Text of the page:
Plants are continuously exposed to various environmental stresses and they respond to them in different ways. Ambient temperature is among the most important environmental cues that directly influence plant growth and yield. Research in recent years has revealed that epigenetic mechanisms play a key role in plants' response to temperature stress. Changes in gene expression evoked by stress signals follow post-translational histone modifications, DNA methylation, histone variant incorporation, and the action of chromatin remodeling factors and Polycomb group proteins. The majority of epigenetic modifications induced by temperature stress are reversible in nature; thus, chromatin returns to its previous state after the stress has passed. Some modifications seem stable, however, due presumably to so-called stress memory. Epigenetic modifications can be inherited through mitosis and meiosis. By dint of epigenetic memory, plants can more efficiently respond to future stressful conditions, thereby increasing their potential for environmental adaptation. Recognition of the epigenetic mechanisms that take part in plants' response to changes of ambient temperature will increase our understanding of adaptations to stress conditions.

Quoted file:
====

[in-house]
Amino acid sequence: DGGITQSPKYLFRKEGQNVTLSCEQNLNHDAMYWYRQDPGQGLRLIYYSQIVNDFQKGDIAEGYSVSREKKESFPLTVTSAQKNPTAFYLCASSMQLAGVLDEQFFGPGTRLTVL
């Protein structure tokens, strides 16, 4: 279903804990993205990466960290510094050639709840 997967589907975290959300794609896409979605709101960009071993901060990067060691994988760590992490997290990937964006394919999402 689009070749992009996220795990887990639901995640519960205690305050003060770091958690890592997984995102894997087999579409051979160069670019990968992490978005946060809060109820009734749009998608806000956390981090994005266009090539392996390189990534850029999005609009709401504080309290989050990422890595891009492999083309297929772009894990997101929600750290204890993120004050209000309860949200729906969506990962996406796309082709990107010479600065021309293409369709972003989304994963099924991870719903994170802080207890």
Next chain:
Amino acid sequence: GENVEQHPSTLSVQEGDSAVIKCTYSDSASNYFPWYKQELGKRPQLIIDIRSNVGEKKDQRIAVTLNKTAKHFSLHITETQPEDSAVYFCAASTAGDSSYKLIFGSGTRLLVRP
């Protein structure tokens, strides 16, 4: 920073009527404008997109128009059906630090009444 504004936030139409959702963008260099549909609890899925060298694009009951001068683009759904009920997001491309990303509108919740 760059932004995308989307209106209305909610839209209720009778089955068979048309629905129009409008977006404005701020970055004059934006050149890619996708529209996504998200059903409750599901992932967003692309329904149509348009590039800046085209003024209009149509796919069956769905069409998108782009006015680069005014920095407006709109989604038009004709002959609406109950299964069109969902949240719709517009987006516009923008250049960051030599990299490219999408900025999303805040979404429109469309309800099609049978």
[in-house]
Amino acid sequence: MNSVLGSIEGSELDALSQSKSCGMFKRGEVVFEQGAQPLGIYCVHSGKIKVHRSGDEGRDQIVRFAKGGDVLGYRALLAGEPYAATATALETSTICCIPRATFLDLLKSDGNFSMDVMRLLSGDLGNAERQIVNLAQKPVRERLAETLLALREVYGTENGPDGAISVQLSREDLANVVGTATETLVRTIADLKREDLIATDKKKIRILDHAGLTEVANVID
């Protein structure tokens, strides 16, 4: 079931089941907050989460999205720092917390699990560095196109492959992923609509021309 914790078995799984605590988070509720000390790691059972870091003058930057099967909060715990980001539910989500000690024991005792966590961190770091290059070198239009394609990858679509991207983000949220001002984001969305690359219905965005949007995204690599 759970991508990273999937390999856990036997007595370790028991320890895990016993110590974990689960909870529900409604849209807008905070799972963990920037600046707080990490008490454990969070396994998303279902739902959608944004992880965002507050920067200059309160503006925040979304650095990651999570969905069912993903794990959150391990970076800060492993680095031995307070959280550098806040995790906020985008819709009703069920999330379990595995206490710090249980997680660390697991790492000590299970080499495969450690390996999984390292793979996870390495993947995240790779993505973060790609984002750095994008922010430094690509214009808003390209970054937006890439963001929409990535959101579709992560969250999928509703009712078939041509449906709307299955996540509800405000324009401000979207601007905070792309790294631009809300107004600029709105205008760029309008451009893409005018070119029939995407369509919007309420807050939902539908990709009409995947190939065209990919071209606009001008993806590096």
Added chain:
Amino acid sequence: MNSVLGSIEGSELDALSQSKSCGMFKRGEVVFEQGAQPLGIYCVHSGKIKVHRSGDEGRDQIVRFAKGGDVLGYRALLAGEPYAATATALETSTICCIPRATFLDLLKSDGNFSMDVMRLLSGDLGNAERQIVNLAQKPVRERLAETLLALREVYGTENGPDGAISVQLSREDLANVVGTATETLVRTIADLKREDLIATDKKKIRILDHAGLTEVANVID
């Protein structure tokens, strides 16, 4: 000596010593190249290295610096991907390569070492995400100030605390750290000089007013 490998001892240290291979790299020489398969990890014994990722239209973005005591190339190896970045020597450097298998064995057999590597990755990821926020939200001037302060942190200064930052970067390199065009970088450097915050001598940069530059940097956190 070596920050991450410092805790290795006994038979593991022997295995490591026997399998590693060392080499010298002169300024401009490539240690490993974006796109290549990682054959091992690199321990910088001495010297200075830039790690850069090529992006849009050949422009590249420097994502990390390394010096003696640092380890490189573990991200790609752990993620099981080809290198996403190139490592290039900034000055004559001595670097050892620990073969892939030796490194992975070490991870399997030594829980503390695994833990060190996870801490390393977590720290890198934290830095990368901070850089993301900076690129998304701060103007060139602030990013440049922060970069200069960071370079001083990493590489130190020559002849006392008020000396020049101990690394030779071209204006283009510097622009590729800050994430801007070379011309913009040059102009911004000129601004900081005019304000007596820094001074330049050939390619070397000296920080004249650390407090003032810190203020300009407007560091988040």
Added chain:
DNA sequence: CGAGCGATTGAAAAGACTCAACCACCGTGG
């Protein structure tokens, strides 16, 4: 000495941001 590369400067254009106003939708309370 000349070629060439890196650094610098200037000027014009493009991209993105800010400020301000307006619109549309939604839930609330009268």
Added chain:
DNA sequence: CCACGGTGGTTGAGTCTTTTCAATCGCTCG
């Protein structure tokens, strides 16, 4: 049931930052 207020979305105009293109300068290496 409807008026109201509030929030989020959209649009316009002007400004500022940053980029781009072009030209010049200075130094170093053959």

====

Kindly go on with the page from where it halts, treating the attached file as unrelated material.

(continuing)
The effects of gamma irradiation on the vernalization requirements, growth and development of winter wheat grown in a rainout shelter were studied during two successive growing seasons. Dry grains of winter wheat cv. Kobra were irradiated with 300 Gy radiation from a cobalt 60 gamma irradiator. Treated and control grains were pregerminated and subjected to vernalization for 0, 42 or 54 days. Morphological parameters of the plants developing from irradiated seeds (M1 generation) and the plants grown from the seeds produced by the irradiated plants (M2 generation) were measured in order to track the studied effects over two generations. Irradiation of dry grains slowed the growth and development of the plants regardless of the temperature treatment. The measured yield structure elements appeared to be lower for irradiated plants, but no clear effect of radiation on vernalization requirements was noted